"I cherish my freedom and feeling that my body belongs to me."#


Photo by: Tungtungtung Photography

Sonia Wong, 32, Gender Studies Lecturer and Co-founder of Women's Festival, Hong Kong

My father's family is from Chaozhou, where gender norms are conservative, but my parents were proud to have two daughters. They gave me a lot of encouragement and the opportunity to explore the life I wanted, so I never felt limited to one path.

Since I was around 18 or 20, I have been sure that I don't want children—I'm very certain, and I'm even planning to get my fallopian tubes ligated. My boyfriend is very supportive and knows I can do it, which gives me a great sense of autonomy. However, compared to men, it's much more difficult for women to get sterilized, especially when you're young and childless.

I know some childless couples, but society is more accepting when it's a mutual decision between a couple rather than a woman's decision alone. Even a progressive-minded friend suggested I wait, maybe I'll suddenly want children in the future. It's like saying as an independent woman, I can't be sure of what I want? It shows how deeply rooted the idea of viewing women's bodies as reproductive bodies is in people's minds.

When my university students become mothers, I explain that I will never want to be a mother myself—I see these children every day. I change the world by changing people's minds, so my legacy won't be a child, but many children.

"Not having children doesn't make you lack maternal instincts or empathy."#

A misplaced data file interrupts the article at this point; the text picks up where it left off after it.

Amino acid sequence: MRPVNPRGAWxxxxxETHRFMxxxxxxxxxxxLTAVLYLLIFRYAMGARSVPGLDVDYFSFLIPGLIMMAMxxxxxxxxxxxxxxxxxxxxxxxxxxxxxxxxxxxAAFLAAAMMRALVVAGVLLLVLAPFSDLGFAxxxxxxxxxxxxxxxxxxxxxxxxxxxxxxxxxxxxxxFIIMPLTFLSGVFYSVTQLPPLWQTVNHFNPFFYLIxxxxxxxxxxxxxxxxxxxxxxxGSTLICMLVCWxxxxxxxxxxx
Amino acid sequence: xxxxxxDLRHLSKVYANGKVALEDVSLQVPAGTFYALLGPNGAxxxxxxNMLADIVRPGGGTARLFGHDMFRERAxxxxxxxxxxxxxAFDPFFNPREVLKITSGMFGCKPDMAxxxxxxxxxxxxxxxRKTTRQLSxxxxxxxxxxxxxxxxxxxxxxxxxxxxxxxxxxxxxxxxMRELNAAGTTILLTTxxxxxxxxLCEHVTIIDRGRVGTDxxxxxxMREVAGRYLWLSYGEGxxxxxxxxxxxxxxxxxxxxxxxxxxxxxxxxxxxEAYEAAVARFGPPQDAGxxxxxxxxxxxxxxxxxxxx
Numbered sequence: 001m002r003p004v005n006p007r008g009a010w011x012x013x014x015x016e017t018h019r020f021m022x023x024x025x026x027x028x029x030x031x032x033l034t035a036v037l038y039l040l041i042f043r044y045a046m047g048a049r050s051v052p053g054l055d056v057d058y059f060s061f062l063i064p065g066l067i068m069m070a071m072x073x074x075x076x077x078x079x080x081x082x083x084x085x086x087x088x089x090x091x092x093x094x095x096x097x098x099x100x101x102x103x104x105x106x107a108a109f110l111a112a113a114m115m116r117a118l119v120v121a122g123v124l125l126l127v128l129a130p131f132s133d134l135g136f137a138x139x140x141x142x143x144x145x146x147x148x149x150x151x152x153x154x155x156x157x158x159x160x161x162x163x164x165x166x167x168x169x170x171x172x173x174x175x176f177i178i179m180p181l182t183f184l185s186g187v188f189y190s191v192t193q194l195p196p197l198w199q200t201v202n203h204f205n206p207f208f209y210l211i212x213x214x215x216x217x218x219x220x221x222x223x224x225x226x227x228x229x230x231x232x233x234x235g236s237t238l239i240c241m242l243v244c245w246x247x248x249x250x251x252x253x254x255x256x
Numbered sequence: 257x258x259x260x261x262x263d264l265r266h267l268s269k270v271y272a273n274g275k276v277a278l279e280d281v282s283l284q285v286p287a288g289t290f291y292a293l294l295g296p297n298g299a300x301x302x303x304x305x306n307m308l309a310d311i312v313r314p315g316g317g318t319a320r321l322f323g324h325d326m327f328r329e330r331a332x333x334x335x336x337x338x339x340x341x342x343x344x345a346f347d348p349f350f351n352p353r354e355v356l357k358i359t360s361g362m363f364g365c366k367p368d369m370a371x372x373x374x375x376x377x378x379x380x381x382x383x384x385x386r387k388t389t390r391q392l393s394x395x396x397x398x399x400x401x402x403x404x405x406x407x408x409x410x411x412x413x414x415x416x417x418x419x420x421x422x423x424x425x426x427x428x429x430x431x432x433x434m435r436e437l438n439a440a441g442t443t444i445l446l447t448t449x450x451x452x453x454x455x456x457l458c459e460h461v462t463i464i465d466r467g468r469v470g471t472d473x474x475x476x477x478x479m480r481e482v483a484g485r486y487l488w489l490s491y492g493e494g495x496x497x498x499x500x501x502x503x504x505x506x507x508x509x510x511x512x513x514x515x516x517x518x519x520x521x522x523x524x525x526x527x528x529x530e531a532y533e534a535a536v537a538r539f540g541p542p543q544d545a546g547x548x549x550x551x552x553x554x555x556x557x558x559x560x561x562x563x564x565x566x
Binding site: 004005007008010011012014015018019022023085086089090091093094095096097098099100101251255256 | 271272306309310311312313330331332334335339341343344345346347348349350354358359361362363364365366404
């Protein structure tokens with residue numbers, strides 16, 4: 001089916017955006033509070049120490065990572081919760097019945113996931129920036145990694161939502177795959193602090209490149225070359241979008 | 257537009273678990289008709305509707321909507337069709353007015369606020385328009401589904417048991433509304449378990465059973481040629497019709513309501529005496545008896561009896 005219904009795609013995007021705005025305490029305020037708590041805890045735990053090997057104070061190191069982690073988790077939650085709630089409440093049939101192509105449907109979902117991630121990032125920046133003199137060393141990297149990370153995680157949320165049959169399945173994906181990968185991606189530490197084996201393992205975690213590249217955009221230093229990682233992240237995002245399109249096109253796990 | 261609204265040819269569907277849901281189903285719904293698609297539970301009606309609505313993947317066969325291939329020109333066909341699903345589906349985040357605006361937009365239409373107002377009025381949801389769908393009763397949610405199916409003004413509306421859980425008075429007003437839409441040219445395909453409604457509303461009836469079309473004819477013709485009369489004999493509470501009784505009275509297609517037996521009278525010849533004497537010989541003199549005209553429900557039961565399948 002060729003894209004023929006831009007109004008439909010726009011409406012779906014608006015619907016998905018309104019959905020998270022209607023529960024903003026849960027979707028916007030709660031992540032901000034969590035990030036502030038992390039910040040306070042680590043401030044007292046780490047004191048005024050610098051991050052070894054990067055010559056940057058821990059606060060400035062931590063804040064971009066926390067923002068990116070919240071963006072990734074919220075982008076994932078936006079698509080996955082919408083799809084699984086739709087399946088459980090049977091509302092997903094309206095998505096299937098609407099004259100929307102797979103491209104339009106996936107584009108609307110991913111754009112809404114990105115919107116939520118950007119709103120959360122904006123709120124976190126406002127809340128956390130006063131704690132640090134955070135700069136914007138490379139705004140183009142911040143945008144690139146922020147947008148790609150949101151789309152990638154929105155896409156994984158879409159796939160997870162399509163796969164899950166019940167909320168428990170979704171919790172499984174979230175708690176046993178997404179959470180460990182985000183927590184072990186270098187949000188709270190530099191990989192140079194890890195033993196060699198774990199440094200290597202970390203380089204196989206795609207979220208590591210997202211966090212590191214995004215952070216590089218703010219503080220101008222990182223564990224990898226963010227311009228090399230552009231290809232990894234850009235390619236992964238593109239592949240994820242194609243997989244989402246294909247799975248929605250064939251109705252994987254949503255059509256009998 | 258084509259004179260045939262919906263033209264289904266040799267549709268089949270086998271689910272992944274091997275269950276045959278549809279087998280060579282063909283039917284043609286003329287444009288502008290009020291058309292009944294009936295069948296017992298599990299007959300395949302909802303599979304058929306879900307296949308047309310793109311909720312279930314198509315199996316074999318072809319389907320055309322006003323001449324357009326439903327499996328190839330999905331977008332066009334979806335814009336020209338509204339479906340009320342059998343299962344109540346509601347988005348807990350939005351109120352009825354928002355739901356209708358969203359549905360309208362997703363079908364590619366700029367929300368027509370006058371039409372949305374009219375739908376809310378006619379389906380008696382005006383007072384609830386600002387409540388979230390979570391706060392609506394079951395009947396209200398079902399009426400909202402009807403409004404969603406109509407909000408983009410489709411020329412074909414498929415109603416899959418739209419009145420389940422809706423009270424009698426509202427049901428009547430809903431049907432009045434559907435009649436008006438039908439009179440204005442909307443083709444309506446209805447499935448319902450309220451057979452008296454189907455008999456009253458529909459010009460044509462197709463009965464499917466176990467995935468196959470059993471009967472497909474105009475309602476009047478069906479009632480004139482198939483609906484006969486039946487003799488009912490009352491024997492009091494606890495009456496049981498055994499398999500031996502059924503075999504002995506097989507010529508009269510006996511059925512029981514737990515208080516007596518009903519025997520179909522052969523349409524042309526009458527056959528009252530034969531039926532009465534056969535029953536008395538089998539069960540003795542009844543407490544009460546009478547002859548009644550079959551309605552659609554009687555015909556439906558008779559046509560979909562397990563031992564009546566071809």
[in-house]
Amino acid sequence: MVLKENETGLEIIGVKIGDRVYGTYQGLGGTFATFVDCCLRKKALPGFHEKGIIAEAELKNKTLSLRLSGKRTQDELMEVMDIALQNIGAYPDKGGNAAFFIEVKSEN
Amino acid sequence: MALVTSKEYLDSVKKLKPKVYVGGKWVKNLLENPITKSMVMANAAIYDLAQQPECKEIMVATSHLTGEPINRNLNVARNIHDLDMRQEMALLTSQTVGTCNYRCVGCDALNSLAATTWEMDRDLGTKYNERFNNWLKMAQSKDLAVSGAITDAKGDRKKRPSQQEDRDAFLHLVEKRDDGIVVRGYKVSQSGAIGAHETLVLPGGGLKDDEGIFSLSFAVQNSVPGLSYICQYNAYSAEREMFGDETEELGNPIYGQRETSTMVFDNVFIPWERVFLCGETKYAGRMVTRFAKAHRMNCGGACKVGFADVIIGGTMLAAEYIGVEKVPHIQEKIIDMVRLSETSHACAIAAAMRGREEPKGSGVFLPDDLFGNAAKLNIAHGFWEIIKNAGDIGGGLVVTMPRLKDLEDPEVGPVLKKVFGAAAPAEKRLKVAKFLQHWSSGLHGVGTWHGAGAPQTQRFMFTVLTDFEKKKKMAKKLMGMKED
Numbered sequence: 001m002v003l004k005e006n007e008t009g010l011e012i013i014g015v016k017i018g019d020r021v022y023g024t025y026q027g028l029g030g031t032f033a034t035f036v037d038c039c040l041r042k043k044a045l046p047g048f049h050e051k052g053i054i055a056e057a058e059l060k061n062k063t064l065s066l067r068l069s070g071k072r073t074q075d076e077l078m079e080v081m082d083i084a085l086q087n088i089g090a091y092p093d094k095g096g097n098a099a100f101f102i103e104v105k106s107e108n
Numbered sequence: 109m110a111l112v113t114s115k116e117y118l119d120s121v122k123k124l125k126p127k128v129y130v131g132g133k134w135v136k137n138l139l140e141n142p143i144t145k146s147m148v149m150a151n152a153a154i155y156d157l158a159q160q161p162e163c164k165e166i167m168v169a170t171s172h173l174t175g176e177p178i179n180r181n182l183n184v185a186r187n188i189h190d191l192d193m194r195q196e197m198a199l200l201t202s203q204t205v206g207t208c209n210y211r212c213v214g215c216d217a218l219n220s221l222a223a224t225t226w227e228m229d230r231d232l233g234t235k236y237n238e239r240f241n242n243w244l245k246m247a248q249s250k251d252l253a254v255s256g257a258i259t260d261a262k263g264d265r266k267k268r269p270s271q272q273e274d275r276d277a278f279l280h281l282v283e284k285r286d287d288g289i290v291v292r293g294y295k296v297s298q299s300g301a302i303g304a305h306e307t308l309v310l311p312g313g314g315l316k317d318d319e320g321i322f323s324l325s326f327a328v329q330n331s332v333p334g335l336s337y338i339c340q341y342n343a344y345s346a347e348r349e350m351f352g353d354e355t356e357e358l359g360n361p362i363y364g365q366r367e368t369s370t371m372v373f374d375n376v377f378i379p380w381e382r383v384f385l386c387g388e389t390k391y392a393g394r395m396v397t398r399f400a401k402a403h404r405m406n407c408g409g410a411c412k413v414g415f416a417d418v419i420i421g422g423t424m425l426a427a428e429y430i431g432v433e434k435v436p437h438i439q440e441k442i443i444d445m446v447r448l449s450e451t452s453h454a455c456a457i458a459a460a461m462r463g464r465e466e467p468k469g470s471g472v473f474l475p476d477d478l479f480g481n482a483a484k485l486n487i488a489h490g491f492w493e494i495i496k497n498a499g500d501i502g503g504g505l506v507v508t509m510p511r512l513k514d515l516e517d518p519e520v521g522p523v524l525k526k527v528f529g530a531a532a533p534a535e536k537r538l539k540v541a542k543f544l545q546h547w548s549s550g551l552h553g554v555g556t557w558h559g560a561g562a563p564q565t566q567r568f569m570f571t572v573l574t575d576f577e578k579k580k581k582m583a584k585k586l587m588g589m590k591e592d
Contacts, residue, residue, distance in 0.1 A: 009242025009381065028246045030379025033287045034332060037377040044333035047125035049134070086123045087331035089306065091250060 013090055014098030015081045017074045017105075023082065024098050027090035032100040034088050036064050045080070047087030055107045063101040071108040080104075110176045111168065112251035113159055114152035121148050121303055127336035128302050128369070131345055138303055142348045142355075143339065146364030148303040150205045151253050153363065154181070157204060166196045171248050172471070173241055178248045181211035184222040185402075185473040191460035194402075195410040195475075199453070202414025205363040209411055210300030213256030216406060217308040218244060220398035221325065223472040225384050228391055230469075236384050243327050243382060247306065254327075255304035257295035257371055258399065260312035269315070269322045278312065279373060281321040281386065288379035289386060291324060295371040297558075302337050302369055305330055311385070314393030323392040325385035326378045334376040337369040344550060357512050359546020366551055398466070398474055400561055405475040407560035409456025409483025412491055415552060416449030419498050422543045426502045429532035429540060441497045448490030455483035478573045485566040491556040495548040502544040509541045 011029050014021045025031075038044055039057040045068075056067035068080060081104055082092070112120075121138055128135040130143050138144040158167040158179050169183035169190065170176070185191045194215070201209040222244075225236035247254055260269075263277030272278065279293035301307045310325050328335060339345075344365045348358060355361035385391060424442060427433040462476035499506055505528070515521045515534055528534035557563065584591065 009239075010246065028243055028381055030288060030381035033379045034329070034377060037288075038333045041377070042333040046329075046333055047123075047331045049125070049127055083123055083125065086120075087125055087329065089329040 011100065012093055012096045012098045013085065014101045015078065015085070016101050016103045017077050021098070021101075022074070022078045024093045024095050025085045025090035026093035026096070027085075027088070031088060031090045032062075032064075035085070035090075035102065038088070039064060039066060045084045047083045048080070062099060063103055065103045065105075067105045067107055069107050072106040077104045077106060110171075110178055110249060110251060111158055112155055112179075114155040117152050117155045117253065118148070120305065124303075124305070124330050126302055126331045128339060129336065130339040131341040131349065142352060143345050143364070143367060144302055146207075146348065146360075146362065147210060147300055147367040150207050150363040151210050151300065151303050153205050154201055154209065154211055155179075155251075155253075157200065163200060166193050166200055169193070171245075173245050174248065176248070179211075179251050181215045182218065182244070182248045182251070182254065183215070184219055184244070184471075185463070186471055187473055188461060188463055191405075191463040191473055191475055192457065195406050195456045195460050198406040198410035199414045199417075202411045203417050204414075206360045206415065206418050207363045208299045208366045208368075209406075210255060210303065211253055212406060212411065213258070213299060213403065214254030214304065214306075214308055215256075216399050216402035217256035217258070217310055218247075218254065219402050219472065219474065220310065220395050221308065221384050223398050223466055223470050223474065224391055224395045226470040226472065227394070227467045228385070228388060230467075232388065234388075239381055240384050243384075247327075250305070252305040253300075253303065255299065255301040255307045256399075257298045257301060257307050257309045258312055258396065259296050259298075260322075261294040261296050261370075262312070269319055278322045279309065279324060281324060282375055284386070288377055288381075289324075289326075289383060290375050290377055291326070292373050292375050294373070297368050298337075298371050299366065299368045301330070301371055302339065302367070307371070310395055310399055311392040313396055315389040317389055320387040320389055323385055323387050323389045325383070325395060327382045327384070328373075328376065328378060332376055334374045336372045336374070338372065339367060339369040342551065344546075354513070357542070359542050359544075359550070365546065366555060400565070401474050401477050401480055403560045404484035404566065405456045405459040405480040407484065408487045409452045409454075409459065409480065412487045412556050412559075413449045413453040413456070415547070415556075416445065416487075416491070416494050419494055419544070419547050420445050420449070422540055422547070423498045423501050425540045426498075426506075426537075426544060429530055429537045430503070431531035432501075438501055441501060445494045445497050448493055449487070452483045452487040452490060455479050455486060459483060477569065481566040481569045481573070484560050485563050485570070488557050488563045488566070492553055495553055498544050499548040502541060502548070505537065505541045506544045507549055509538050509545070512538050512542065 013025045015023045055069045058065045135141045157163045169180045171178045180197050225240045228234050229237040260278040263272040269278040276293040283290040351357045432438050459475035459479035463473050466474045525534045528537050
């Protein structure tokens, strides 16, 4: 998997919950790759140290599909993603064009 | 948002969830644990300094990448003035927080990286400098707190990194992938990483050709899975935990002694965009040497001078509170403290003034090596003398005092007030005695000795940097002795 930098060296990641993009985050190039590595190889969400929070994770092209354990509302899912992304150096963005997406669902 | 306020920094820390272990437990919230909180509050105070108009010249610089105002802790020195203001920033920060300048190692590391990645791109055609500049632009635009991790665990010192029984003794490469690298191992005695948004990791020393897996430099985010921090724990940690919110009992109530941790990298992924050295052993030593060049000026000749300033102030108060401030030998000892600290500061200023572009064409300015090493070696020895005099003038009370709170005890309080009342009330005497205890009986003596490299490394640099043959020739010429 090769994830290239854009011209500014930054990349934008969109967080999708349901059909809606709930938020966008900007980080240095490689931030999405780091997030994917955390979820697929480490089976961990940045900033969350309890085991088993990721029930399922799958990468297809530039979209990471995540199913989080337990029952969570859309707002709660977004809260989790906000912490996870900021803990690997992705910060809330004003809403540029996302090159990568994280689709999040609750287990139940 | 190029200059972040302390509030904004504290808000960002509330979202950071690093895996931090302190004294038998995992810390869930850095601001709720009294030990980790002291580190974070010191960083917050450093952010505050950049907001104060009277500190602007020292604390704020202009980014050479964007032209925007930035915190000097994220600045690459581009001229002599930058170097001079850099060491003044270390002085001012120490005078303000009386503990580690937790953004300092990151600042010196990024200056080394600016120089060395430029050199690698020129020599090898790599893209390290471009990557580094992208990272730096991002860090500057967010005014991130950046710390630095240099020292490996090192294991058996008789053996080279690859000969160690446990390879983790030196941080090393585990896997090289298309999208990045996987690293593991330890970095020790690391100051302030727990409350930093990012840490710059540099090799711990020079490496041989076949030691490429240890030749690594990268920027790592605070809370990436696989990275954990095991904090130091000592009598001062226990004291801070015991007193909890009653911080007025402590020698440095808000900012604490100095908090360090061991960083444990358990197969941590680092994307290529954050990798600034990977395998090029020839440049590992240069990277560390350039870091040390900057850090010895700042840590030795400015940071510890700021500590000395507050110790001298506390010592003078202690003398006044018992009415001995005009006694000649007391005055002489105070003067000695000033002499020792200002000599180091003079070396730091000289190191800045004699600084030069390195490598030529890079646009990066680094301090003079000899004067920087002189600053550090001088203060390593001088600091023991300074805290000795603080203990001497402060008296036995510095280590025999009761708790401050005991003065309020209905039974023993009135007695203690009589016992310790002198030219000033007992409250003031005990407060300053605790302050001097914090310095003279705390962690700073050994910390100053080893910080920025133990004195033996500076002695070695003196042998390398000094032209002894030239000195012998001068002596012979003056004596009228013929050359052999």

Photo by: Rumki Fernandes

Rumki Fernandes, 51, Chief HR and Talent Officer at Grey Group, Singapore

Many girls enjoy playing with dolls and playing house, but I don't have those memories. I never really thought about becoming a mother. I loved the feeling of coming home to my mother when I finished school in India; she would be the first to greet me. But I didn't think I was that kind of person.

In my twenties, many of my friends became mothers and struggled. Even if you marry someone with similar values and have a similar career trajectory, it's more likely that the child becomes the mother's responsibility. One person in the couple has to choose the more challenging career and lifestyle, and I'm not inclined to put myself in that position.

I married my college boyfriend, and we found that our life decisions were much easier without the factor of having children. We have worked in India and London and then returned to India, and now we have been in Singapore for eight years. Our work often requires travel, and we also enjoy traveling on holidays, engaging in outdoor activities, and enjoying good food. We even joined the same book club.

We never sat down to have a serious discussion about this; our life seemed fine, and because children were never a priority, we didn't think much about it. In India, people often intervene in their own way, wanting to help, but ultimately interfering with others' lives. In Singapore, it's not a big issue, and it doesn't need to be discussed. Sometimes people we know ask why we don't have children, but I don't think they have a different opinion of us because of it.